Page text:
Smith clearly explains why many cognitive scientists believe this tendency is innate and then links it to another predisposition that seems “built in” to the human mind: our inclination to see living things in hierarchies, as in the “great chain of being” of medieval European Christians, with God at its perfect top, human beings above “higher” animals, and so on down to worms and plants. Because we feel that living things are defined by their essence, and because we feel that each creature has its rank in the world, Smith argues, dehumanization comes easily to the human mind: we accept that someone can look human but have a subhuman essence, and we accept that what is not human must be inferior. “When we dehumanize people,” he writes, “we think of them as counterfeit human beings.”But reviewer David Berreby thinks this explanation doesn't match reality:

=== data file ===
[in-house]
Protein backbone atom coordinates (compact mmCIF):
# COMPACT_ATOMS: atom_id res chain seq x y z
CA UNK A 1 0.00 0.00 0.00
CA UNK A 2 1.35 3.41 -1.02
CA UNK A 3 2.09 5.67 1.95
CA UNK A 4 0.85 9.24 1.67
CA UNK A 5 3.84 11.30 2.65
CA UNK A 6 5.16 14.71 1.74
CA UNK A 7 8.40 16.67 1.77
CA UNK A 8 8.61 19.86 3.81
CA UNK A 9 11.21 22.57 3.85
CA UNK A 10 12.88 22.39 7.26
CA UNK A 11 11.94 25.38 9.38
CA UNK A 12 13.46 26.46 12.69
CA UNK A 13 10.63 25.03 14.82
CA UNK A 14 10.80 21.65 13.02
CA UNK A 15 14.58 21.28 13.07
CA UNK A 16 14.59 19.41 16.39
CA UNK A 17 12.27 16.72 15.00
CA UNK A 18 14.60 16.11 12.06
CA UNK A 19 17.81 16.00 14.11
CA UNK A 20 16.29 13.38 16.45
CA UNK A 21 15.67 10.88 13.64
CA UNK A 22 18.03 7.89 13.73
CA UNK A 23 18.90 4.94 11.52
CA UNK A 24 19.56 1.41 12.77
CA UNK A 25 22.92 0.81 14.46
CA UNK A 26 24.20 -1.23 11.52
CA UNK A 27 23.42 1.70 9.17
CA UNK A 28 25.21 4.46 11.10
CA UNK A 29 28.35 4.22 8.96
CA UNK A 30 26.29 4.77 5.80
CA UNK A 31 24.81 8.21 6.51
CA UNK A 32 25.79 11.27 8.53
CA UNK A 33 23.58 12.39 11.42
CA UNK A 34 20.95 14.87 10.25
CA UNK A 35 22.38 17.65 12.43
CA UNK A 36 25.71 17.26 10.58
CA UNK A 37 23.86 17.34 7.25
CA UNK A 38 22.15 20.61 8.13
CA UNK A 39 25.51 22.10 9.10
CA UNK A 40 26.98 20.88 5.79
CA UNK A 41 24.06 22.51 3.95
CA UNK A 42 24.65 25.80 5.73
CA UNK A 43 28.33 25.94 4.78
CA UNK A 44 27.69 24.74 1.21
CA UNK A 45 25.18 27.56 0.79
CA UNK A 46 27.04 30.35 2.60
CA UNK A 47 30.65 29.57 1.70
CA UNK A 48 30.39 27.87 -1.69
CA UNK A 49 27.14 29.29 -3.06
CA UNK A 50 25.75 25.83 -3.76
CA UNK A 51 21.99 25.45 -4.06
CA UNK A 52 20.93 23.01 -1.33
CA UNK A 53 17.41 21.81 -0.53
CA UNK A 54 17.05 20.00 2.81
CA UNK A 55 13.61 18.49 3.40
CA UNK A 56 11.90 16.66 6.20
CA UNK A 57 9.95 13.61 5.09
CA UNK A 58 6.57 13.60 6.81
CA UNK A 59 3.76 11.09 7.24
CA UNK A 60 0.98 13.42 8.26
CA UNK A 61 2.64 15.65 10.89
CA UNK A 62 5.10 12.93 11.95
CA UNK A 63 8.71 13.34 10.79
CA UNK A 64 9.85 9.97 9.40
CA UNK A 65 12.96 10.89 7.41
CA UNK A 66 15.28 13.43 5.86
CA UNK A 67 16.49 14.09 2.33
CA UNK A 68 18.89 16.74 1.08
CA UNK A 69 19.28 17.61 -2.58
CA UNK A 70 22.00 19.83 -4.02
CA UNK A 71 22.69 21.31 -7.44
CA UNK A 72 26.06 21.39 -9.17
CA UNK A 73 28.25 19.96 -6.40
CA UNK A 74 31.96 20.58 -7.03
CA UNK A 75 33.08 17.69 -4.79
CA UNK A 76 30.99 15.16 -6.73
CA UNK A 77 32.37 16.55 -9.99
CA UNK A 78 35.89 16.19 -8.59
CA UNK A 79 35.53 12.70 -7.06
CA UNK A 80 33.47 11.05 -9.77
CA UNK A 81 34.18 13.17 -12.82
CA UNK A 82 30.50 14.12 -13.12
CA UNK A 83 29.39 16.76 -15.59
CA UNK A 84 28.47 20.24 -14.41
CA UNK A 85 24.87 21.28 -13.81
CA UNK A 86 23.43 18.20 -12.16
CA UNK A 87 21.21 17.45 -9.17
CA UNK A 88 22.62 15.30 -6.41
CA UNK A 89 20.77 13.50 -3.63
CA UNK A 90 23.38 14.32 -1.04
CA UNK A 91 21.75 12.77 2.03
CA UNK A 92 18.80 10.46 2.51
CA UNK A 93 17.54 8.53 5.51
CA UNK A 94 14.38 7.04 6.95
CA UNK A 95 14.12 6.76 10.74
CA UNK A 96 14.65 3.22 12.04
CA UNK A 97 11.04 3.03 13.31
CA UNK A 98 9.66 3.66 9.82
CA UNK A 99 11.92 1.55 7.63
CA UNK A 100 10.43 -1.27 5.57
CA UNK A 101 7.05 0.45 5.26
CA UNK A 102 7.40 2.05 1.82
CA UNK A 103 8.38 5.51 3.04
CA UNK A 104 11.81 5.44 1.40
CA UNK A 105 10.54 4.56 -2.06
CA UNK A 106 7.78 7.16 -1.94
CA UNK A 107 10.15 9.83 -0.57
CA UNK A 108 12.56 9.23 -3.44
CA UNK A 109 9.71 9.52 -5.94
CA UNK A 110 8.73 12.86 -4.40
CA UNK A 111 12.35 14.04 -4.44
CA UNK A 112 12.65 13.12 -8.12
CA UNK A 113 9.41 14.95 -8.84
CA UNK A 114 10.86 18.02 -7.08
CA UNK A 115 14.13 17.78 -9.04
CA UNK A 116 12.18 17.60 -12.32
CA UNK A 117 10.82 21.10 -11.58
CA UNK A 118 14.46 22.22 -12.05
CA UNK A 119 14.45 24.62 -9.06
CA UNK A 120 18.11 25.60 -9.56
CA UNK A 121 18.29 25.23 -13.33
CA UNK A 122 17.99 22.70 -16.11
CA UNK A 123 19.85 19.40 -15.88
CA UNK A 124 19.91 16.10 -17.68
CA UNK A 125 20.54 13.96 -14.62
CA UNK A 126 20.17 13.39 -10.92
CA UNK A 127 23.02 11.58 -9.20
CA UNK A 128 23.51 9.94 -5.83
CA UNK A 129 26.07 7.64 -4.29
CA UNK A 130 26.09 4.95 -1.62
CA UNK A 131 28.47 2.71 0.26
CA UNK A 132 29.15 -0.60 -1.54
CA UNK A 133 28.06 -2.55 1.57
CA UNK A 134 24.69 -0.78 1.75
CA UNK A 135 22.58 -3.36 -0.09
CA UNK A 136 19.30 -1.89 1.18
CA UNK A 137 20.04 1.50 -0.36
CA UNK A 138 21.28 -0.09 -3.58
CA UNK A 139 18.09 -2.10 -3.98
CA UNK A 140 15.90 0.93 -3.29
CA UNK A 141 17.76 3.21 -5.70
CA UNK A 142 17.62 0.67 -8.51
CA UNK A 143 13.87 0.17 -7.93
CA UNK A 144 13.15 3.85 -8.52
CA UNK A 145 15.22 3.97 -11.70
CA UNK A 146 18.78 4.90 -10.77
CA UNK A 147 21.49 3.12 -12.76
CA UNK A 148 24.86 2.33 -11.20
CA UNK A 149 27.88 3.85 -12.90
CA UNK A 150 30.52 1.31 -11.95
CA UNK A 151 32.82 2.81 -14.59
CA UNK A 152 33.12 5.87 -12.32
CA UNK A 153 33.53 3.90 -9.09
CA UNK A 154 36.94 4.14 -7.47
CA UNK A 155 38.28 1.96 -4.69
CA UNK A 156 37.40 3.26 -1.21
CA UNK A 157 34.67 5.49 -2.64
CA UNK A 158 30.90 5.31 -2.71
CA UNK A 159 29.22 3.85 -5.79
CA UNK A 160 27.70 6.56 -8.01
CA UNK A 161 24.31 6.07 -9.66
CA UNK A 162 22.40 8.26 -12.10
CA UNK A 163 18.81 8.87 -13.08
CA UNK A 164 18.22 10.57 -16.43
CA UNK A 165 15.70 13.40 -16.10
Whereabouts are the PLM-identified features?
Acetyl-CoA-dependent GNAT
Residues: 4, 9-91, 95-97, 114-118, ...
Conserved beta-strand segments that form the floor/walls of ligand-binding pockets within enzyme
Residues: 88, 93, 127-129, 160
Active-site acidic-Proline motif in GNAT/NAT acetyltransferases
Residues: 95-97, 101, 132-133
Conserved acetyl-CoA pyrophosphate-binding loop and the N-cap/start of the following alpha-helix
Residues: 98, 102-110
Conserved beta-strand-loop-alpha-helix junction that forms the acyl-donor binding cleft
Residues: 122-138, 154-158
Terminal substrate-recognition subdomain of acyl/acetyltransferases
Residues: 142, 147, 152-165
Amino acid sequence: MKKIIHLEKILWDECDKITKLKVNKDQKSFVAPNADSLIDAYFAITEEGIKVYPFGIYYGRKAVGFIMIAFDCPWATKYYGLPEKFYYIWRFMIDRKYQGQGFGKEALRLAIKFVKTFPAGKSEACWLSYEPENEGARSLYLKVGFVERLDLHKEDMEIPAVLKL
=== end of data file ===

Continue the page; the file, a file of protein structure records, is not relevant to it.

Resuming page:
All these troubles arise because Smith’s insistence on immutable essences is only half right: people do categorize themselves and others using essences, but there’s nothing immutable about them. If, like trained philosophers, we could settle for good who is essentially human and who is a zombie vampire squid, we wouldn’t have, or need, this drama of dehumanization, rehumanization, then more dehumanization, and so on. Instead, the who-is-and-isn’t-human question is never truly settled. In fact, it is the dynamic, even mercurial nature of “real human” status that makes this mystery of our psychology so fascinating. What Amenemhet wants us to remember isn’t that he thought Asiatics were dogs, but that he made them act like dogs.It's something worth thinking about: given dynamic conceptual frameworks, how do we become more just? Is it by taking the philosopher's approach, which is essentially to make our concepts more static, or is there a way to account for justice for an evolving human consciousness?